Using Lilac Sugar To Spruce Up Your Spring Baking

April showers bring May flowers. Springtime is marked by the sweet smell of flowers in bloom, a scent culinary arts students are eager to replicate in their own baking. Bakers have long been infusing rose and lavender into their creations. Now, one of the hottest trends in culinary arts is incorporating lilac sugar.

How to make lilac sugar

The key to creating a lilac sugar that really pops with flavor is to choose freshly bloomed, fragrant and pesticide-free petals. Honest Baking recommended layering granulated sugar in a mason jar with the lilac petals and storing it in a dark, but dry, place. Bakers should shake the mixture on a daily basis and remove the jar from storage once the sugar has completely dried. Strain the petals from the sugar and culinary arts students will be ready to start baking.

“Add some extra flavor to donuts with lilac sugar.”

Lilac sugar donuts

Baking and pastry arts students are always trying to reinvent the wheel. Breakfast is a meal that has become even more popular in years past as brunch restaurants have started popping up everywhere.

To incorporate extra flavor to a breakfast staple, donuts, add some lilac sugar. After combining the ingredients  – lukewarm water, kosher salt, active dry yeast, whisked large eggs, honey, unsalted butter and all-purpose flour – allow the mix to sit at room temperature for a few hours before refrigerating for no less than three hours and no more than five days, according to Hummingbird High. Arrange the dough into donut shapes, deep fry and dip in the bowl of lilac sugar as the still-warm donut is cooling down.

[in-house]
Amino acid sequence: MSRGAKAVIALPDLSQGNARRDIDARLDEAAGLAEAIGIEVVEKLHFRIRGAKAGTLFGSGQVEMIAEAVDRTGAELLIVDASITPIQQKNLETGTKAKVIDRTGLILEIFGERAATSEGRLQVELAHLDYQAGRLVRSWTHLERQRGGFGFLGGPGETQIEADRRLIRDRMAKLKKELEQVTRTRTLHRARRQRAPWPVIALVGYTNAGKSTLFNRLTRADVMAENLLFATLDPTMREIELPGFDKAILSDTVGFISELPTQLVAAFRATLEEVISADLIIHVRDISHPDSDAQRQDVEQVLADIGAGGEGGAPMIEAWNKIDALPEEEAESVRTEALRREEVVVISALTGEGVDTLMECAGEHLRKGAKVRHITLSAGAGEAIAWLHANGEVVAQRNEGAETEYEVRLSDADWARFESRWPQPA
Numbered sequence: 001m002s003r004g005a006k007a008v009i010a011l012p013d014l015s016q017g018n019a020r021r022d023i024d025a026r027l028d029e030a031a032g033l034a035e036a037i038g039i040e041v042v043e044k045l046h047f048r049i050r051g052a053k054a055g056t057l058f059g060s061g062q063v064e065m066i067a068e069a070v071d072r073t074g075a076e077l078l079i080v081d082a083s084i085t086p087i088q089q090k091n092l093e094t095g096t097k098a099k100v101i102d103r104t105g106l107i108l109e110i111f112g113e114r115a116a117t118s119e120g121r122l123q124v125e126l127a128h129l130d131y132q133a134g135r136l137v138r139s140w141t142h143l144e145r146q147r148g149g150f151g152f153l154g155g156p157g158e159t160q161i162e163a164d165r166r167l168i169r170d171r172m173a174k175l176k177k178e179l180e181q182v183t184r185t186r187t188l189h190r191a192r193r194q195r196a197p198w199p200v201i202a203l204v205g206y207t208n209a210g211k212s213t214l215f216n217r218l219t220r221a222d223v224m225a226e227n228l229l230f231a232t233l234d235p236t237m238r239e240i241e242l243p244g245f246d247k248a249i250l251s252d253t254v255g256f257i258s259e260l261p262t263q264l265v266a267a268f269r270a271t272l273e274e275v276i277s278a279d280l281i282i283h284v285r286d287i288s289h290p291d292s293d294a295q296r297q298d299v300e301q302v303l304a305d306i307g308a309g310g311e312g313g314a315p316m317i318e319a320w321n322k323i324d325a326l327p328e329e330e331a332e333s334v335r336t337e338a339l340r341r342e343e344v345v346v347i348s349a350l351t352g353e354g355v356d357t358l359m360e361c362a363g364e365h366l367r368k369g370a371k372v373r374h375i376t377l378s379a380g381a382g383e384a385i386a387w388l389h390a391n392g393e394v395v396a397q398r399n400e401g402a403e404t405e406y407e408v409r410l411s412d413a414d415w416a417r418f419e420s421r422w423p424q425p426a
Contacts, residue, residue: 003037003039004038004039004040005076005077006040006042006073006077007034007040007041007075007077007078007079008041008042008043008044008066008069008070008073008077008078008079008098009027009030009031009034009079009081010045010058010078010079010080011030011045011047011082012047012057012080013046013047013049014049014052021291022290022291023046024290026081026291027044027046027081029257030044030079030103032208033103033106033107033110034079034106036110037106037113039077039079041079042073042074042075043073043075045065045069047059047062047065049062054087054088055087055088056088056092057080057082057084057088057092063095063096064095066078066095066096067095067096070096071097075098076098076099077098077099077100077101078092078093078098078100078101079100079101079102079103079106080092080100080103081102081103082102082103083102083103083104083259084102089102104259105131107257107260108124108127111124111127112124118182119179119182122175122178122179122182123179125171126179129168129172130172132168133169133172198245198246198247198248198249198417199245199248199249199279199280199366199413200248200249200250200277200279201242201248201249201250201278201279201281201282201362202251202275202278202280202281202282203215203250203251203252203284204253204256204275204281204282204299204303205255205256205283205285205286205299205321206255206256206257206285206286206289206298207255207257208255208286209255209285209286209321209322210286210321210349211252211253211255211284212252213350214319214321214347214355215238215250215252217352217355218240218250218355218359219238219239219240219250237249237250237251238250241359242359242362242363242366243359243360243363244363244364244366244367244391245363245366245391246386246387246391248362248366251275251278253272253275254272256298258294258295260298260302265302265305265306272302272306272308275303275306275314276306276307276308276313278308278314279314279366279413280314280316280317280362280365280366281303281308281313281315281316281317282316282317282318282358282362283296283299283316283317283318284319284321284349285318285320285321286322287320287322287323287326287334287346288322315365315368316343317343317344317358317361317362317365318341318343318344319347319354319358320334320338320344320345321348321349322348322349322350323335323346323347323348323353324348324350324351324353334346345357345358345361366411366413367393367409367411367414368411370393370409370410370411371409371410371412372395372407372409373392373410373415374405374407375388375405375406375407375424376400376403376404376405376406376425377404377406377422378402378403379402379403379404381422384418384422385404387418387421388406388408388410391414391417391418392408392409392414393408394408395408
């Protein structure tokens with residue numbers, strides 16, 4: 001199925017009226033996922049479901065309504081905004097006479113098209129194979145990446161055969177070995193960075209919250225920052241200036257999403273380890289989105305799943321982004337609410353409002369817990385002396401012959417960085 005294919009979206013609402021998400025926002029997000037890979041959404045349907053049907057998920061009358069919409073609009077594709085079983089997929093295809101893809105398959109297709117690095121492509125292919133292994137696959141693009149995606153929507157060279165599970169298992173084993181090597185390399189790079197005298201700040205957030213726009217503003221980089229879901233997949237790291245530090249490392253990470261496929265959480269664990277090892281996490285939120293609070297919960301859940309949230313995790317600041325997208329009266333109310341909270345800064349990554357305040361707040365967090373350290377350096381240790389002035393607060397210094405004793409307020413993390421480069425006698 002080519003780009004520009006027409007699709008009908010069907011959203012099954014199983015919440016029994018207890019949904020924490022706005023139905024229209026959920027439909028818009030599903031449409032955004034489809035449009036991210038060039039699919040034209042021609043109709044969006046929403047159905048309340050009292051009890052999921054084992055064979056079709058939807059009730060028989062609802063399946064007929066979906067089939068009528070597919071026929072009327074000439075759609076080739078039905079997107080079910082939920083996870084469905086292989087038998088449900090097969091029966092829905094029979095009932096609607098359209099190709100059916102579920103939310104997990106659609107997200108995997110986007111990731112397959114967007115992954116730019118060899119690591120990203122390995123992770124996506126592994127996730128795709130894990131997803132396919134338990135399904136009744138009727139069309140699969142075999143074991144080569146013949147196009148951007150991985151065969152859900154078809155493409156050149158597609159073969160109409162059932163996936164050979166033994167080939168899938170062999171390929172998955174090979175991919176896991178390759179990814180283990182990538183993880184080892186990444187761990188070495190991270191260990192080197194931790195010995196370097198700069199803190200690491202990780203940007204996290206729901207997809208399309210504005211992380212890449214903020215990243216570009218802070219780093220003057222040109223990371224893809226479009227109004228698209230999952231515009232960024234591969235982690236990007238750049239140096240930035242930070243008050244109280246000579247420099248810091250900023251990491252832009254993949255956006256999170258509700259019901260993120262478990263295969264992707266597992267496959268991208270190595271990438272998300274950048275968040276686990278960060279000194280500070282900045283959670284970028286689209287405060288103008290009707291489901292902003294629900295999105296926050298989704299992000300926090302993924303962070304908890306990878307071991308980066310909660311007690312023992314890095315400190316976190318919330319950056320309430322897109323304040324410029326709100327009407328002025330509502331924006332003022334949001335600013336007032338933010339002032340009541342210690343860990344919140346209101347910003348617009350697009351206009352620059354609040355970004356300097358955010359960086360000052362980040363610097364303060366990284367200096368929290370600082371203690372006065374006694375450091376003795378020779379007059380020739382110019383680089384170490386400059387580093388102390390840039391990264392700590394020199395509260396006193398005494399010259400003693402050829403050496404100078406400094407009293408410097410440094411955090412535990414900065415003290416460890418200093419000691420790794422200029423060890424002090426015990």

Pound cake

For a sweet dessert, add lilac sugar along with lemon zest to a pound cake. Not only will bakers include the item in the cake mix itself, they will also incorporate it into the glaze to add even more flavor. After ensuring the batter has no lumps or bumps, bake the cake for 60 to 70 minutes at 350 degrees, according to Sweet Si Bon. The glaze is made from simply stirring lemon juice and lilac sugar together until the latter has dissolved completely. Brush the mixture onto the warm cake and allow it to cool before serving.

Coconut cream tarts

Sticking with dessert, combine sweet and sour with coconut shortbread tarts filled with coconut lilac cream filling. Culinary arts students can either purchase the shells or make them on their own, depending on their expertise. The filling uses lilac-infused milk mixed with sugar, cornstarch, salt and a couple of egg yolks. After combining the elements, bakers should whisk the mixture and cook it over medium-high heat until it’s bubbling, PBS recommended. This creates a custard that can then be added to the tart shells with a bit of coconut and vanilla.

Lilac sugar adds a refreshing taste to baked goods, whether they’re for breakfast, lunch or dinner. Since the item is so easy to make, culinary arts students can experiment, improving the flavor profile of their new concoctions.

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